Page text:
Betelnut linked to sudden death

Awareness on betelnut in the country has been about common problems like mouth cancer but never linked to sudden deaths.

Now, chief of Emergency, Doctor Sam Yokopua, Department of Health, has warned that betelnut chewing can cause sudden cardiac death.

This awareness comes after seeing numerous sudden deaths at the Port Moresby General Hospital Emergency Department (ED), most with the history of chewing betelnut and suddenly collapsing.

While this may come as a shock to many, Dr Yokopua gives a medical explanation of this cause.

He says betelnut or areca nut contains an alkaloid known as arecoline. This chemical causes a variety of direct actions to the heart, which may explain the cause(s) of sudden deaths:

(1) Paradoxical coronary vasoconstriction

Betelnut causes generalised dilatation of blood vessels (vasodilatation) of the body, meaning it expands or enlarges the blood vessel. This causes you to feel hot and sweaty.

However, inside the blood vessels that supply the heart (coronary arteries), it causes them to constrict or become narrower, especially for those with a background of diseased vessels like cholesterol (artheromatous) plugs.

This is known as paradoxical vasoconstriction, which can suddenly stop blood flow to your heart, leading to sudden death.

(2) Tachycardias & Paroxysmal dysrhythmias

Betelnut chewing causes sympathetic nervous system stimulation, which causes the heart rate to go fast. In some people it may lead to abnormal fast heart rhythms to be developed as a result (paroxysmal dysrhythmias), where the subject will experience chest discomforts, racing of the heart (palpitations), being flushed and feel dizzy. If uncorrected, it will disintegrate into severe life-threatening rhythms, eventually leading to death.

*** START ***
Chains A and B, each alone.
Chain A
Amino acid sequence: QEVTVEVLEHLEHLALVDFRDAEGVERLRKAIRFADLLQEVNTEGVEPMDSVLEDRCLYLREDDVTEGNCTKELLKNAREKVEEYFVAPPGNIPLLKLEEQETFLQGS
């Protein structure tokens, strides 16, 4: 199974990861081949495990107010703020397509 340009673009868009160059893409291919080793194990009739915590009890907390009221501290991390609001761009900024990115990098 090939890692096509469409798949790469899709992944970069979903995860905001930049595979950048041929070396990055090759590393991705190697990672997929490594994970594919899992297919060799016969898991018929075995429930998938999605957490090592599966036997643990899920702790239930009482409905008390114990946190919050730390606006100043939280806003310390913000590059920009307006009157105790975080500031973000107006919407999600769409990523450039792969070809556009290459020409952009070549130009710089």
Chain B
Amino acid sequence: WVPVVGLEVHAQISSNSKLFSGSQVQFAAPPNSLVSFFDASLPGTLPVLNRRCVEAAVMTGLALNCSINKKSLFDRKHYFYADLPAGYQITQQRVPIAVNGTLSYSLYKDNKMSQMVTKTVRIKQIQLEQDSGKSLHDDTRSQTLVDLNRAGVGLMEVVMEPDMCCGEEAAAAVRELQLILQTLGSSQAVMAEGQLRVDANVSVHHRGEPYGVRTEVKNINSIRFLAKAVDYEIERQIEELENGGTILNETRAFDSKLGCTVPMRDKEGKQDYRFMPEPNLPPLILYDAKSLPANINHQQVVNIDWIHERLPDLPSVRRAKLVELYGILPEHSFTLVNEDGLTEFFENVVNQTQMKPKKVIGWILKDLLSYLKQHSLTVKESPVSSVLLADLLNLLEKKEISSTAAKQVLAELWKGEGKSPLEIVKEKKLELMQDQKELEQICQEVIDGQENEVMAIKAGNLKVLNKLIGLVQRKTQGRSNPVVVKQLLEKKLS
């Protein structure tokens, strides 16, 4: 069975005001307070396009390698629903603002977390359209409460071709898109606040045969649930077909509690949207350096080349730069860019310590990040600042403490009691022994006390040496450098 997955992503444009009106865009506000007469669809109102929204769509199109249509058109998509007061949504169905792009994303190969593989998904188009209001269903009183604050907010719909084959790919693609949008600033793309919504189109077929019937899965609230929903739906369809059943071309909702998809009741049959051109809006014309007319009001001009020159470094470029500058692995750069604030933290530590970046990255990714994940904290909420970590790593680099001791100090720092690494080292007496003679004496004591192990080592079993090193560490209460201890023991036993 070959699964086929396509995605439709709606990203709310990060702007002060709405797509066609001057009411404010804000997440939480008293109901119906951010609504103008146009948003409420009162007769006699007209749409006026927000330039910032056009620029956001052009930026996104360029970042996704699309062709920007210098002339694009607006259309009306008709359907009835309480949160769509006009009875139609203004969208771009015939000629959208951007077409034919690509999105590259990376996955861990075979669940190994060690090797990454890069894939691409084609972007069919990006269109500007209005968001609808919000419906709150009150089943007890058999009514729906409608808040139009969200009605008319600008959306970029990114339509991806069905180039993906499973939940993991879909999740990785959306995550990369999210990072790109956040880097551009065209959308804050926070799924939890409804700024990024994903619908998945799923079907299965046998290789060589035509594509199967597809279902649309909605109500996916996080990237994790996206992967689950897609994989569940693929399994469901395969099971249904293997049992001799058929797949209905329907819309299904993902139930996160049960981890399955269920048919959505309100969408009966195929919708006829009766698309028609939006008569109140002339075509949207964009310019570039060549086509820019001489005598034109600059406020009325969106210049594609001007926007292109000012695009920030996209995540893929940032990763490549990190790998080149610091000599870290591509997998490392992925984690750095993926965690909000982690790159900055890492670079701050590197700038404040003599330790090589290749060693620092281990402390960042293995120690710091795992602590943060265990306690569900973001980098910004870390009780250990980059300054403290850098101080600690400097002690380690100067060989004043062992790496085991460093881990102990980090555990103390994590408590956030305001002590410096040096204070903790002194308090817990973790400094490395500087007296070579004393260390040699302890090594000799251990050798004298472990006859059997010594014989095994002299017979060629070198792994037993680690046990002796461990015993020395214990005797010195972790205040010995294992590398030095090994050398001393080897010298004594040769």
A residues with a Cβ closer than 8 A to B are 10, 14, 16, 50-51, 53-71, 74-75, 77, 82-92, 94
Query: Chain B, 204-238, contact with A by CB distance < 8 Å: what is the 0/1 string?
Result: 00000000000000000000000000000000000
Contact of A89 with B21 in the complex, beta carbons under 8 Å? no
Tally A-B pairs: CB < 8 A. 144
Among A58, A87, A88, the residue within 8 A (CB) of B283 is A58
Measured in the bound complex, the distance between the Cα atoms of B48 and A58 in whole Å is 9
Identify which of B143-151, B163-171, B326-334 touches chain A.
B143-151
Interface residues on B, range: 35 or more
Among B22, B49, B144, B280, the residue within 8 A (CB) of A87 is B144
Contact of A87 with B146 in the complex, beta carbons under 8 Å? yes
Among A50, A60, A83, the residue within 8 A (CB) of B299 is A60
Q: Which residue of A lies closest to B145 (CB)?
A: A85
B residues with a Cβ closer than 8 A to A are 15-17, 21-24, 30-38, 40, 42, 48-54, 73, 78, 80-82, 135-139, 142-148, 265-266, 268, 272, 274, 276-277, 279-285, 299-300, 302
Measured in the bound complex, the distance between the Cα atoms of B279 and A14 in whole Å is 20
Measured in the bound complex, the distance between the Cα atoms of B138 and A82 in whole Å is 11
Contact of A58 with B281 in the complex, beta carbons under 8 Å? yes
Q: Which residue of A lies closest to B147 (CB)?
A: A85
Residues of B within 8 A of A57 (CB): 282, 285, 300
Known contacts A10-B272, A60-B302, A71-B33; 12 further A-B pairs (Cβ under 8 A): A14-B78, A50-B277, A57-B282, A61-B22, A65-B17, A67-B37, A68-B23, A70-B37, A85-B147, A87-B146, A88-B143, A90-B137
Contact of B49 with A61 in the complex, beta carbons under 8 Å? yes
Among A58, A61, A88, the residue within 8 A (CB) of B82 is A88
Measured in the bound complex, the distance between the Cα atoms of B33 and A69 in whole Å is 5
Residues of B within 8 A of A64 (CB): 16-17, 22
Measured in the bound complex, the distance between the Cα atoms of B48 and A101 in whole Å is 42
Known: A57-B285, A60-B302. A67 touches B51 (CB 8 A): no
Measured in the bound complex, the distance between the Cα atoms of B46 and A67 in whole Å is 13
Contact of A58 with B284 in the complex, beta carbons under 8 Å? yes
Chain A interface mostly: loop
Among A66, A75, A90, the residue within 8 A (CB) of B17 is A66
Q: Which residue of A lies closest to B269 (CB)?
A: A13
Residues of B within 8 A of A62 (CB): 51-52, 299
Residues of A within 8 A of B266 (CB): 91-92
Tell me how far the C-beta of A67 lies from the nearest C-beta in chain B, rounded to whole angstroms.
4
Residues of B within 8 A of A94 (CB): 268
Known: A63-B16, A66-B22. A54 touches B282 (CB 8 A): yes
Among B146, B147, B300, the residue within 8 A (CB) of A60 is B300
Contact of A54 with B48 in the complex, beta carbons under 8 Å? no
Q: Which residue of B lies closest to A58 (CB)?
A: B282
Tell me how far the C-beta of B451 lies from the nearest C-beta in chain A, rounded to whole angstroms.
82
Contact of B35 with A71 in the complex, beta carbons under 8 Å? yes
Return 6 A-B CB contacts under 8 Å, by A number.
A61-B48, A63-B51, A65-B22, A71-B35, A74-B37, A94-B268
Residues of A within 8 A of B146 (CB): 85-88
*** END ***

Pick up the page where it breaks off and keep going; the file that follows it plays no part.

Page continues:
There are others that may have blockage of the coronary blood vessels, for which the heart is just maintaining adequate supply. When there is a sudden rise of heart rate (tachycardia) due to betelnut, it will affect the supply-demand balance. The raised heart rate on a blocked blood vessel means an imbalance of the supply-demand, which is exactly what happens in heart attack. The subject suddenly develops chest pain, as that of heart attack. If not treated, he quickly succumbs to death.

Dr Yokopua also stated simple emergency & first aid responder actions.

Simple things to do, if anything happens as described above (while you are chewing):

- Spit out betelnut, rinse mouth. Drink some water, not too much!

- Sit down, relax, calm down. Lie down if dizzy.

- Breathe in, deep breaths, hold and "push" with your mouth and nose closed. Repeat 2-4 times or so.

- Get help quickly. Call ambulance. St John Ambulance is 111 (free call).

- If the subject does not breathe or gets a "black-out", give a big blow to the chest. Check for response, and commence immediate CPR.

- Mouth-to-mouth breaths and cardiac or chest compressions at the scene for good 20 minutes or so is very crucial.

“Do not rush to the hospital, you do things right there, at the scene. Get someone else to arrange the ambulance while you focus on the subject,” stated Dr Yockopua.  

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Gloria Bauai